The dog was expected to make a full recovery, although she was being monitored for brain swelling as well as more damage from abuse.   When the dog was initially brought in, the body swelling led shelter officials to believe she was pregnant. Her spleen was removed during surgery and significant bruising indicated severe kicking or beating.

Eventually, leads led to an arrest ~ they were family dogs and not wanted anymore. The community was shocked and outraged; how inhumane to treat an animal this way.   The shelter experienced a high increase in adoptions soon afterwards.

Although this is a hideous and unacceptable account of ending life this way for these animals,  if  it happened every day, eventually, we would become desensitized to it.   We may even get to the point where we might remark that there were thousands and millions of these animals experiencing this kind of end of life every week all over the world.  We may even get to the point where we may consider ridding of our own pets in this way if we did not want our pets any more.

Are you shocked or surprised at that?   Hasn’t it happened with human abortions?

Aren’t we getting desensitized about how many people have abortions and why they do? Don’t we all know people who had abortions? Some have them because they ‘didn’t want a girl’ or ‘I can only handle twins, but not triplets’. Some have multiple abortions and use it as a form of birth control.   Where is our shock and outrage over that way to end life?

Although doctors have not pinpointed exactly at what month the fetus feels pain from an abortion, it was uncertain whether a fetus experiences pain during the first trimester of development, when most abortions occur.  Recent studies have shown that the fetus most certainly does feel pain by the end  of the second trimester, when late-term and partial birth abortions are performed.  Since general anesthesia is not used in most of these procedures, the fetus most likely feels pain during the procedure …..and I won’t go into the procedure; it is horrendous.

The fact that fetuses can feel pain is really quite obvious. Since newborn babies can feel pain, fetuses can feel pain. There is no pain switch which suddenly switches to “on” during the journey through the birth canal. The only question is when do fetuses feel pain? The Unborn Child Pain Awareness Act places a fetus’ ability to feel pain at 20 weeks from fertilization, about half way through pregnancy. Twenty weeks is a conservative enough estimate that even some prominent abortion supporters have conceded its reliability.   By the way, at 20 weeks, the unborn in the womb recognizes its mother’s voice.

Many pro-life doctors maintain that fetuses can feel pain by just 8 weeks after fertilization (about the time most surgical abortions take place). Pro-abortion doctors tend to argue that fetuses don’t experience pain until the very end of pregnancy. Whose testimony is more reliable ~~~ those who have a financial interest in the availability of abortion or those who don’t?  Ethically speaking, who is going to be less likely to lie, those who believe dismembering living human beings is a legitimate medical practice or those who don’t?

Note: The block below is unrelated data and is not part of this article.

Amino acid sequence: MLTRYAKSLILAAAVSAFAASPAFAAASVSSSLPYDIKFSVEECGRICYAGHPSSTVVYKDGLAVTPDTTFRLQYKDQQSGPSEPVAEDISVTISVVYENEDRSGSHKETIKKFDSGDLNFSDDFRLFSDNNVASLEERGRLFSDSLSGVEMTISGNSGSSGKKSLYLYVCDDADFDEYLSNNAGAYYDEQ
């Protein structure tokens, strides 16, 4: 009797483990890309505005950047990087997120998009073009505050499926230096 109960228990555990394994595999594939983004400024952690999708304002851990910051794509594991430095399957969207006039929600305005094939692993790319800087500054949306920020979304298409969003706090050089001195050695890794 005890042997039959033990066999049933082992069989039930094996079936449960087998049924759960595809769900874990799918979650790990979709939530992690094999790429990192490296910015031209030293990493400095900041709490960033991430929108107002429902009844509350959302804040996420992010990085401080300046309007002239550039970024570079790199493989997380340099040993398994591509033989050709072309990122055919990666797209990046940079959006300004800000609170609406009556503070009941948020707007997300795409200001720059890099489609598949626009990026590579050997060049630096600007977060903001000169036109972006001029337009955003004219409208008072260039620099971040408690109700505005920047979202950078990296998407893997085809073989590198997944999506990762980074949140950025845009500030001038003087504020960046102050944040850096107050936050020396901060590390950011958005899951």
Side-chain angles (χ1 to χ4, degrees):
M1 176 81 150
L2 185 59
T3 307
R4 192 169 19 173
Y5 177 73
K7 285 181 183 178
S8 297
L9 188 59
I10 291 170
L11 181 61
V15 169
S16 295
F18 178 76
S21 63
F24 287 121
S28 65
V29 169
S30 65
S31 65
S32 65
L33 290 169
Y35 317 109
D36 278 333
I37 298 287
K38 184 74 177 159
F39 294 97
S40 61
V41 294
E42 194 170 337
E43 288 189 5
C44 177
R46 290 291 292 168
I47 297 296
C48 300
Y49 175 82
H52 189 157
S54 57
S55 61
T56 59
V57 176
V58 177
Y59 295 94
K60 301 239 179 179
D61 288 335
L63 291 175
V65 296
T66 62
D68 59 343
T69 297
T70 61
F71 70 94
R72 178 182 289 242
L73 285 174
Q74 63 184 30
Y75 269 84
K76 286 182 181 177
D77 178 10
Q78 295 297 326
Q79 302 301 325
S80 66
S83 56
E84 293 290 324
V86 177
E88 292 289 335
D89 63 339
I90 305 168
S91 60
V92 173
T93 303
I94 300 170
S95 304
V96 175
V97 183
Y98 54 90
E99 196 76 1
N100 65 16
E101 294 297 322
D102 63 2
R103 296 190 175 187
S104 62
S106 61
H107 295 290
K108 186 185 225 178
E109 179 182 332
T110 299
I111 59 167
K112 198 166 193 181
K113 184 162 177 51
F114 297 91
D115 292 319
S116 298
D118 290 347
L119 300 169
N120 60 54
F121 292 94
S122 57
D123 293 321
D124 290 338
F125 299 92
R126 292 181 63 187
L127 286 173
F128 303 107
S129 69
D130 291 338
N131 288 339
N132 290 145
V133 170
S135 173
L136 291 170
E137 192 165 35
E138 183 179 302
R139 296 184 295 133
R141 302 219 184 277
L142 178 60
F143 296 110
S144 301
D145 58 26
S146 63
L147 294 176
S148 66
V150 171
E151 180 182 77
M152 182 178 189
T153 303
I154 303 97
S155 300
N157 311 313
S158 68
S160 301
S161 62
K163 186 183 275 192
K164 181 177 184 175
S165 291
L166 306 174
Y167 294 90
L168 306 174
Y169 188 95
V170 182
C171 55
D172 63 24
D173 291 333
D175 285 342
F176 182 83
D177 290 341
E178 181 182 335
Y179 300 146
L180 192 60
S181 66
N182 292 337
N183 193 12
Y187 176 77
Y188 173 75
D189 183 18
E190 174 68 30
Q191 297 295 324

According to WHO, every year in the world there are an estimated 40-50 million abortions. This corresponds to approximately 125,000 abortions per day.

In the USA, where nearly half of pregnancies are unintended and four in 10 of these are terminated by abortion, there are over 3,000 abortions per day. Twenty-two percent of all pregnancies in the USA (excluding miscarriages) end in abortion.

A national statistic: 1,600,000 babies are aborted in these United States every year.

Are we becoming desensitized to ending life in the womb?  Where is our shock and outrage that we felt for the animals?

© Marie Coppola April 2018

Ref: Newsmax.com



What Are Your Human Needs?

Maslow’s Hierarchy of Needs

Recalling educational memories from school learnings, we tend to remember best the subjects that held our interests the most  and/or excelled in.  Many of those favorite courses  led to what we eventually leaned toward in selecting colleges or occupations.    One of the subjects that stands out for me was Maslow’s Hierarchy of Needs.   This humanistic psychology subject was never mentioned in primary or secondary schools but in college studies, this subject was mentioned in almost every elective taken.  It began in Psychology 101 and  was interwoven somehow in each and every class.    One could guess where it would show up as the course studies  advanced.  The Maslow course centered on humanistic needs lowest to highest –  beginning with physiological, safety, love/belonging, esteem, and self-actualization.

With all the good things Americans may have accesss to every day, have you ever thought about  what motivates you  and how many factors give you the best life and make you happy?

Maslow’s Hierarchy is based on positive human motivation psychology which does  not  focus on increasing well-being solely for eliminating anxiety, but instead focuses on increasing well-being for the sake of improving people’s lives and improving society.  Abraham Maslow was driven by a similar desire to help people live the best lives they could, acknowledging their unique humanity along the way. The personal experiences that most shaped this desire for Maslow were his childhood isolation and his powerful reaction to the horrors of World War II.